The standard Hoosier State consisted two coaches (generally Amtrak's short-distance Horizon equipment) and a Horizon or Amfleet cafe car. In addition to standard food service, the cafe car allowed for Business Class seating and complimentary WiFi. Motive power was commonly a General Electric Genesis P42DC locomotive.  As the train was often used to shuttle equipment from the Beech Grove Shops to Chicago, deadhead equipment of all types could often be found in the consist as well. After Amtrak resumed operations in March 2017, the Great Dome car Ocean View was added. 
While operated by Iowa Pacific, the train included Iowa Pacific owned ex- Atchison, Topeka and Santa Fe Railway Big Dome Summit View and three passenger cars, with power provided by a fleet of three ex-NJT GP40FH-2 diesel locomotives. 
- "Amtrak FY18 Ridership" (PDF). Amtrak. November 2018. Retrieved April 3, 2019.
- "Amtrak suspends ticket sales for Hoosier State line after June 30". Indianapolis Business Journal. April 8, 2019.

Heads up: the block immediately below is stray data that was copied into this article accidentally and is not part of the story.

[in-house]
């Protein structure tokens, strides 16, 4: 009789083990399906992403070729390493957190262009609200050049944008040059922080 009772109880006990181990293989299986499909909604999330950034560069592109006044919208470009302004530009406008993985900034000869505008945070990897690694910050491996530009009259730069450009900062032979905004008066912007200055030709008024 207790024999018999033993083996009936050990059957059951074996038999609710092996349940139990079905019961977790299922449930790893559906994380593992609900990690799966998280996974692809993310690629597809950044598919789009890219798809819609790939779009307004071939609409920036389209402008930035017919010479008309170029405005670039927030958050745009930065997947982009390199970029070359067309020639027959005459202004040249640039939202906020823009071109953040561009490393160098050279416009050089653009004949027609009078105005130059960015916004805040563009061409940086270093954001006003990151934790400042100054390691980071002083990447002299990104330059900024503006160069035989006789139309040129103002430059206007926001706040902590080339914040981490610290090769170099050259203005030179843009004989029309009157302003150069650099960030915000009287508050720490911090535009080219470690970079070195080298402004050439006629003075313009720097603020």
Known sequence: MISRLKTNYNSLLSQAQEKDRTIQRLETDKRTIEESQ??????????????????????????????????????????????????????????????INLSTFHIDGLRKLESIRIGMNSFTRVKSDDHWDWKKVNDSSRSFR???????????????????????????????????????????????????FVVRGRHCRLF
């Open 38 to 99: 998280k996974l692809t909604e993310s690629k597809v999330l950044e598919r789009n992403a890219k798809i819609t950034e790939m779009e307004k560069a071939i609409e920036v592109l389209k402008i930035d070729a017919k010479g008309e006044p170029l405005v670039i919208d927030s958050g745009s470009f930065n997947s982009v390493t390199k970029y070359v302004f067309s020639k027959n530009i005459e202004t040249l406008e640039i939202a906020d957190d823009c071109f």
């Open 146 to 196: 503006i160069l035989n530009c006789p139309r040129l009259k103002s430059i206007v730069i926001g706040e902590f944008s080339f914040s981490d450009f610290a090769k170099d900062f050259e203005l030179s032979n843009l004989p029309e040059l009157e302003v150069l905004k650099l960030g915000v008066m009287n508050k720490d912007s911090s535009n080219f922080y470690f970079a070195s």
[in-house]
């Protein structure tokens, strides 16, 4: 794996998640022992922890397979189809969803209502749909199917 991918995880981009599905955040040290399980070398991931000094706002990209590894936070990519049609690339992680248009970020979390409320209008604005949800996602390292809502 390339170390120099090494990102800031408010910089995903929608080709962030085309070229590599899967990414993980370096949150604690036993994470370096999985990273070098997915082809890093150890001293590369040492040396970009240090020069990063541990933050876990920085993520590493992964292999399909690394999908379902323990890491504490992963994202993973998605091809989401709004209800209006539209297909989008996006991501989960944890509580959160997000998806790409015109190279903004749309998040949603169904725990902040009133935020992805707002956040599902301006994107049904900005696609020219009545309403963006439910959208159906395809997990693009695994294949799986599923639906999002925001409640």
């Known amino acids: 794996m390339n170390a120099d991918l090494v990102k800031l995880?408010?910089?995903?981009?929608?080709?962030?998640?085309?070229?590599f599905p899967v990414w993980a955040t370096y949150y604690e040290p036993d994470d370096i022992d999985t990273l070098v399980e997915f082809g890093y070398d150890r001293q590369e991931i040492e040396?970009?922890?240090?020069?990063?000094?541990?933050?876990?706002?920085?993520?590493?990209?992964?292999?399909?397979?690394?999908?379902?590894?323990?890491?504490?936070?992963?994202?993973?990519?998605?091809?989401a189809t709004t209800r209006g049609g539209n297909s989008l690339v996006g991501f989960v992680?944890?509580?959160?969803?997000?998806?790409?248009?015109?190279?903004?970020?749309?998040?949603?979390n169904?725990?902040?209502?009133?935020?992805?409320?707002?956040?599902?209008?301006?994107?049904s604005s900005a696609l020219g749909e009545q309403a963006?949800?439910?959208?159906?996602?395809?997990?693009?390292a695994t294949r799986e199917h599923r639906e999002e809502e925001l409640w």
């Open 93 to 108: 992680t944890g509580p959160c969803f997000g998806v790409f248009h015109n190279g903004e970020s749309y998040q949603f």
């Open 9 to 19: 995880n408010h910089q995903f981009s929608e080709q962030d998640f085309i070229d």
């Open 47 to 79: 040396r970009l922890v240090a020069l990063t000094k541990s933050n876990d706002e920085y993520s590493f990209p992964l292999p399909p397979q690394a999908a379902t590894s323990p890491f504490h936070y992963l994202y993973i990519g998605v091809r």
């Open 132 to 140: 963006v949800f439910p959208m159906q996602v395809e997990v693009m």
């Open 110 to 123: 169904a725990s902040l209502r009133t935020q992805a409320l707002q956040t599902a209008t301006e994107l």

- Schafer 1991
- Sanders 2006, p. 215
- Sanders 2006, p. 220
- "Passenger Rail Investment and Improvement Act of 2008 (P. L. 110-432, Division B) 122 Stat. 4907". Washington D.C.: U.S. Government Printing Office. October 16, 2008. p. 122. Retrieved October 19, 2013.
- "Federal Railroad Administration Overview, Highlights and Summary of the Passenger Rail Investment and Improvement Act of 2008 (PRIIA)" (PDF). Federal Railroad Administration. March 10, 2009. p. 2. Retrieved October 19, 2013.
- Ryckaert, Vic (September 24, 2013). "State hashing out plan to save daily Amtrak trains from Indianapolis to Chicago". The Indianapolis Star. Retrieved October 20, 2013.
- "Governor Pence Announces Agreement with Amtrak". State of Indiana, Department of Transportation (INDOT). October 15, 2013.
- Vizza, Chris Morrise (November 10, 2014). "State ends negotiations with Amtrak alternative". Journal & Courier.
- "Amtrak's Hoosier State Line to end service April 1". WTHR. March 6, 2015. Retrieved March 6, 2015.
- Tuohy, John (March 6, 2015). "State to end Amtrak's Hoosier State line". The Indianapolis Star. Retrieved March 6, 2015.
- Wilkins, Ron (March 13, 2015). "Hoosier State line gets 30-day extension". Journal & Courier. Retrieved March 14, 2015.